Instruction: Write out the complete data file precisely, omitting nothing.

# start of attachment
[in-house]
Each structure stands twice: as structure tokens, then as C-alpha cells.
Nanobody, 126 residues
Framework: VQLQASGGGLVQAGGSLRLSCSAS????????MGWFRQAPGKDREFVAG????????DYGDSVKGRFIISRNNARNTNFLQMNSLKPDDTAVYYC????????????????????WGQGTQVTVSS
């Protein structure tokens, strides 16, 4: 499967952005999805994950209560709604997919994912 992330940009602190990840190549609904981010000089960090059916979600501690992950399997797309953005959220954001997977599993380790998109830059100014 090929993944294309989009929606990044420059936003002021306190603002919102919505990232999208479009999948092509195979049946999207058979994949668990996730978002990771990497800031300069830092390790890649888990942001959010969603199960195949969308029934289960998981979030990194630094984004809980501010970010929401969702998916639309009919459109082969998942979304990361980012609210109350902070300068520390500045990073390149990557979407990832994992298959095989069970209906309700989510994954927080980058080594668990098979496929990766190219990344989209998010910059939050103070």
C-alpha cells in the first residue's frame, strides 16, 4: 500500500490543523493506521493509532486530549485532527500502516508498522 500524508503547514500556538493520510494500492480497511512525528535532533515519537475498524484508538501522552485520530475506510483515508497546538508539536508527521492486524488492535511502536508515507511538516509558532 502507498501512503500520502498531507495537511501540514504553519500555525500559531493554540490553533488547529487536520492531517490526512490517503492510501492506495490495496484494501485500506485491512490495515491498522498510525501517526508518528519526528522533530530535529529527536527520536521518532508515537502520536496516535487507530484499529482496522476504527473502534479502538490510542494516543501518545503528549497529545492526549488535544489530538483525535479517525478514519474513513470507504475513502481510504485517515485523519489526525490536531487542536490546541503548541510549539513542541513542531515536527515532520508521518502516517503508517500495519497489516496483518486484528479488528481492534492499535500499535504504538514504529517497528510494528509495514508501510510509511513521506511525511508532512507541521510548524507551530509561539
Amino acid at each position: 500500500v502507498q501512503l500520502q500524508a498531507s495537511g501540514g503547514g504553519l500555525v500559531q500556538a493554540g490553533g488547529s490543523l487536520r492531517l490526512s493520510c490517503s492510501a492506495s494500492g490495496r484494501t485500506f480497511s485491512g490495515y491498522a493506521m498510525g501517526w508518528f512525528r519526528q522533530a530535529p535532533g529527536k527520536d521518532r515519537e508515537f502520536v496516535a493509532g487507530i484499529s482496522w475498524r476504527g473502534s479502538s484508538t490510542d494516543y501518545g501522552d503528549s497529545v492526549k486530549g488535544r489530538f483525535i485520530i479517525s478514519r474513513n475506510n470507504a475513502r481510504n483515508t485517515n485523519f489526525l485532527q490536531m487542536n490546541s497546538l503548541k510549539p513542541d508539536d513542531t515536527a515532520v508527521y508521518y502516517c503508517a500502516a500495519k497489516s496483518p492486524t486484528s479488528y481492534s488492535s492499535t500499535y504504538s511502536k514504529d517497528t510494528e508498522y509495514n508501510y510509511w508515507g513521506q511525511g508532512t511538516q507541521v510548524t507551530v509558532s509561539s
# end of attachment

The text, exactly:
[in-house]
Each structure stands twice: as structure tokens, then as C-alpha cells.
Nanobody, 126 residues
Framework: VQLQASGGGLVQAGGSLRLSCSAS????????MGWFRQAPGKDREFVAG????????DYGDSVKGRFIISRNNARNTNFLQMNSLKPDDTAVYYC????????????????????WGQGTQVTVSS
């Protein structure tokens, strides 16, 4: 499967952005999805994950209560709604997919994912 992330940009602190990840190549609904981010000089960090059916979600501690992950399997797309953005959220954001997977599993380790998109830059100014 090929993944294309989009929606990044420059936003002021306190603002919102919505990232999208479009999948092509195979049946999207058979994949668990996730978002990771990497800031300069830092390790890649888990942001959010969603199960195949969308029934289960998981979030990194630094984004809980501010970010929401969702998916639309009919459109082969998942979304990361980012609210109350902070300068520390500045990073390149990557979407990832994992298959095989069970209906309700989510994954927080980058080594668990098979496929990766190219990344989209998010910059939050103070």
C-alpha cells in the first residue's frame, strides 16, 4: 500500500490543523493506521493509532486530549485532527500502516508498522 500524508503547514500556538493520510494500492480497511512525528535532533515519537475498524484508538501522552485520530475506510483515508497546538508539536508527521492486524488492535511502536508515507511538516509558532 502507498501512503500520502498531507495537511501540514504553519500555525500559531493554540490553533488547529487536520492531517490526512490517503492510501492506495490495496484494501485500506485491512490495515491498522498510525501517526508518528519526528522533530530535529529527536527520536521518532508515537502520536496516535487507530484499529482496522476504527473502534479502538490510542494516543501518545503528549497529545492526549488535544489530538483525535479517525478514519474513513470507504475513502481510504485517515485523519489526525490536531487542536490546541503548541510549539513542541513542531515536527515532520508521518502516517503508517500495519497489516496483518486484528479488528481492534492499535500499535504504538514504529517497528510494528509495514508501510510509511513521506511525511508532512507541521510548524507551530509561539
Amino acid at each position: 500500500v502507498q501512503l500520502q500524508a498531507s495537511g501540514g503547514g504553519l500555525v500559531q500556538a493554540g490553533g488547529s490543523l487536520r492531517l490526512s493520510c490517503s492510501a492506495s494500492g490495496r484494501t485500506f480497511s485491512g490495515y491498522a493506521m498510525g501517526w508518528f512525528r519526528q522533530a530535529p535532533g529527536k527520536d521518532r515519537e508515537f502520536v496516535a493509532g487507530i484499529s482496522w475498524r476504527g473502534s479502538s484508538t490510542d494516543y501518545g501522552d503528549s497529545v492526549k486530549g488535544r489530538f483525535i485520530i479517525s478514519r474513513n475506510n470507504a475513502r481510504n483515508t485517515n485523519f489526525l485532527q490536531m487542536n490546541s497546538l503548541k510549539p513542541d508539536d513542531t515536527a515532520v508527521y508521518y502516517c503508517a500502516a500495519k497489516s496483518p492486524t486484528s479488528y481492534s488492535s492499535t500499535y504504538s511502536k514504529d517497528t510494528e508498522y509495514n508501510y510509511w508515507g513521506q511525511g508532512t511538516q507541521v510548524t507551530v509558532s509561539s